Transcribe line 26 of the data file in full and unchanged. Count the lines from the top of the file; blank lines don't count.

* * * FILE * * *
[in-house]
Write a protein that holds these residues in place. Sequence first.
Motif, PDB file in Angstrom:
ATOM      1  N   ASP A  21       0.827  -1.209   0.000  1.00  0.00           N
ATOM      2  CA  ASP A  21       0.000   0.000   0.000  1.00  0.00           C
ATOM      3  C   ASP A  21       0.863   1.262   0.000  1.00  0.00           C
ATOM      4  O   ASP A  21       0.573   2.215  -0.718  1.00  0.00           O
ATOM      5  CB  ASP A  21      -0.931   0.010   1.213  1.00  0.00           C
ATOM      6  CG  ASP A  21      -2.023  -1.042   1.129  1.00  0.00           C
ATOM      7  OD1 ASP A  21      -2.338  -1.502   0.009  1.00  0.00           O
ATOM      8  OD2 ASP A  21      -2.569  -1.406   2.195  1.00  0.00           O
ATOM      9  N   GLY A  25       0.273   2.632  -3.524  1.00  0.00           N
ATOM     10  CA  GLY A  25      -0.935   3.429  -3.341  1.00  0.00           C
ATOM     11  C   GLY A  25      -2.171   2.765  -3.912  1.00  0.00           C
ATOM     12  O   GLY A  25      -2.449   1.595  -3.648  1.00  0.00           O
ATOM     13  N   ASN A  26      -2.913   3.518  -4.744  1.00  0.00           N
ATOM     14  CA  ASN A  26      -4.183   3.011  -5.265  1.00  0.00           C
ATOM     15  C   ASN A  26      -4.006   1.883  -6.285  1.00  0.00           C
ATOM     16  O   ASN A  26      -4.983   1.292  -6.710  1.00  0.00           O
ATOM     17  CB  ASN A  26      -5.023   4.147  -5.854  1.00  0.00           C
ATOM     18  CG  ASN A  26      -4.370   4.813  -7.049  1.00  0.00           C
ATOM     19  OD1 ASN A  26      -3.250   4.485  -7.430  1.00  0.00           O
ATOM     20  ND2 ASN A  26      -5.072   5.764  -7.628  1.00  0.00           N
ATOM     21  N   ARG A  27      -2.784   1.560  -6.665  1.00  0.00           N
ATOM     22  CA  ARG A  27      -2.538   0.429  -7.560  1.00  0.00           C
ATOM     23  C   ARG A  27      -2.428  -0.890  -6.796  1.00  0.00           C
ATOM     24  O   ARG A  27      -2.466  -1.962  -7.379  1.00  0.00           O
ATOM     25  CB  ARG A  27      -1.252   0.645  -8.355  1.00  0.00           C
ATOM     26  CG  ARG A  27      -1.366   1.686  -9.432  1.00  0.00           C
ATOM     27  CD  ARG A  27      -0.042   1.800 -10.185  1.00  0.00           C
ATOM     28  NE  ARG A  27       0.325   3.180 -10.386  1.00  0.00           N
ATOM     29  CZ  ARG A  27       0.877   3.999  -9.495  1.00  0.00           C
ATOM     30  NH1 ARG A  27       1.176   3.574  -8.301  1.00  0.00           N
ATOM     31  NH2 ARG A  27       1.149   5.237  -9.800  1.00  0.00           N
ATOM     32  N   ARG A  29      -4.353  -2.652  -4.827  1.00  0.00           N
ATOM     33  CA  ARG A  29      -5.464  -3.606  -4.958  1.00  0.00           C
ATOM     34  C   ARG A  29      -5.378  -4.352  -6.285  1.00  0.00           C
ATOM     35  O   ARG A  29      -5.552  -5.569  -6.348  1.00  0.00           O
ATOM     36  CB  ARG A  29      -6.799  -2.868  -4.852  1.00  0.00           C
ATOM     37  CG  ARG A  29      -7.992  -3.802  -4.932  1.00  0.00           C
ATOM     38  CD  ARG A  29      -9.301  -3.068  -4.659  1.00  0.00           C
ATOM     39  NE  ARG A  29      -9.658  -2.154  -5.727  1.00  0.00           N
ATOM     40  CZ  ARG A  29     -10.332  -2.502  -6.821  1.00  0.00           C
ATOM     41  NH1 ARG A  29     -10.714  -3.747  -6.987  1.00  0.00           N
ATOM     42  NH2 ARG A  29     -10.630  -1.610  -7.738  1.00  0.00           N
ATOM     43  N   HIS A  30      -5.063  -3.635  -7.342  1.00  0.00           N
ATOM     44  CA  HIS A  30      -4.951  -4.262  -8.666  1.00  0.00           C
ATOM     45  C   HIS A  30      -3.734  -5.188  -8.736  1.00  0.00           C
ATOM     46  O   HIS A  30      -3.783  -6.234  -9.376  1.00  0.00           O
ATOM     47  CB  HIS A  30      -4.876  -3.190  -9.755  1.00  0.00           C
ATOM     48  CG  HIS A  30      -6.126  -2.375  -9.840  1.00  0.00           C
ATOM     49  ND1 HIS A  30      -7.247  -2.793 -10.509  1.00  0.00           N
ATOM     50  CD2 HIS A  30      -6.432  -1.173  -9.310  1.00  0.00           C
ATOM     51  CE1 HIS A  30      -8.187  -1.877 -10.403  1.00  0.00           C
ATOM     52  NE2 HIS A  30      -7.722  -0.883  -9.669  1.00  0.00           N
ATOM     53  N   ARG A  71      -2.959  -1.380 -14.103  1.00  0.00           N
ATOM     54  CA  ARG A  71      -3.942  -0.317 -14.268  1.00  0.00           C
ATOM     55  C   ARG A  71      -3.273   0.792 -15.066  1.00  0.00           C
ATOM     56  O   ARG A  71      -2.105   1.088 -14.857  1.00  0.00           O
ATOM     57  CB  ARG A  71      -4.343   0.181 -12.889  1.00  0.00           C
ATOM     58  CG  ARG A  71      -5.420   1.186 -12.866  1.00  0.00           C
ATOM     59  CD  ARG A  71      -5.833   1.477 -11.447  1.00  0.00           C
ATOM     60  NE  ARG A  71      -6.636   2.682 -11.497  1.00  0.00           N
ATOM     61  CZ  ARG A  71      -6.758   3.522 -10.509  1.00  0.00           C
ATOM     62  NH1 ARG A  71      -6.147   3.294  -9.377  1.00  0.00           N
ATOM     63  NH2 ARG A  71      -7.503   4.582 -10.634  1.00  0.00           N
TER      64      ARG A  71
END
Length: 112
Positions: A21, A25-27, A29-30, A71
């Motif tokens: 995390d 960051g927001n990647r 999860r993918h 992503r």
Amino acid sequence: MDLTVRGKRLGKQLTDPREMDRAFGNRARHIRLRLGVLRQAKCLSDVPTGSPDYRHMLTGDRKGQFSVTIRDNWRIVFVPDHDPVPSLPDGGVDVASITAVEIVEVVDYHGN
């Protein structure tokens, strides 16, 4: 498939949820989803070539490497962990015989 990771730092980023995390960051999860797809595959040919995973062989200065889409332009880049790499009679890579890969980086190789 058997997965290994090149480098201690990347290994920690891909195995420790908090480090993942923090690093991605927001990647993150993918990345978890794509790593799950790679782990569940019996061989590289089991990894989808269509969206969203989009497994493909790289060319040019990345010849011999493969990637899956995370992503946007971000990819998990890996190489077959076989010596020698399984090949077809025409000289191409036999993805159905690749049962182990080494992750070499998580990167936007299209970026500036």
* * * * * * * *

ATOM     23  C   ARG A  27      -2.428  -0.890  -6.796  1.00  0.00           C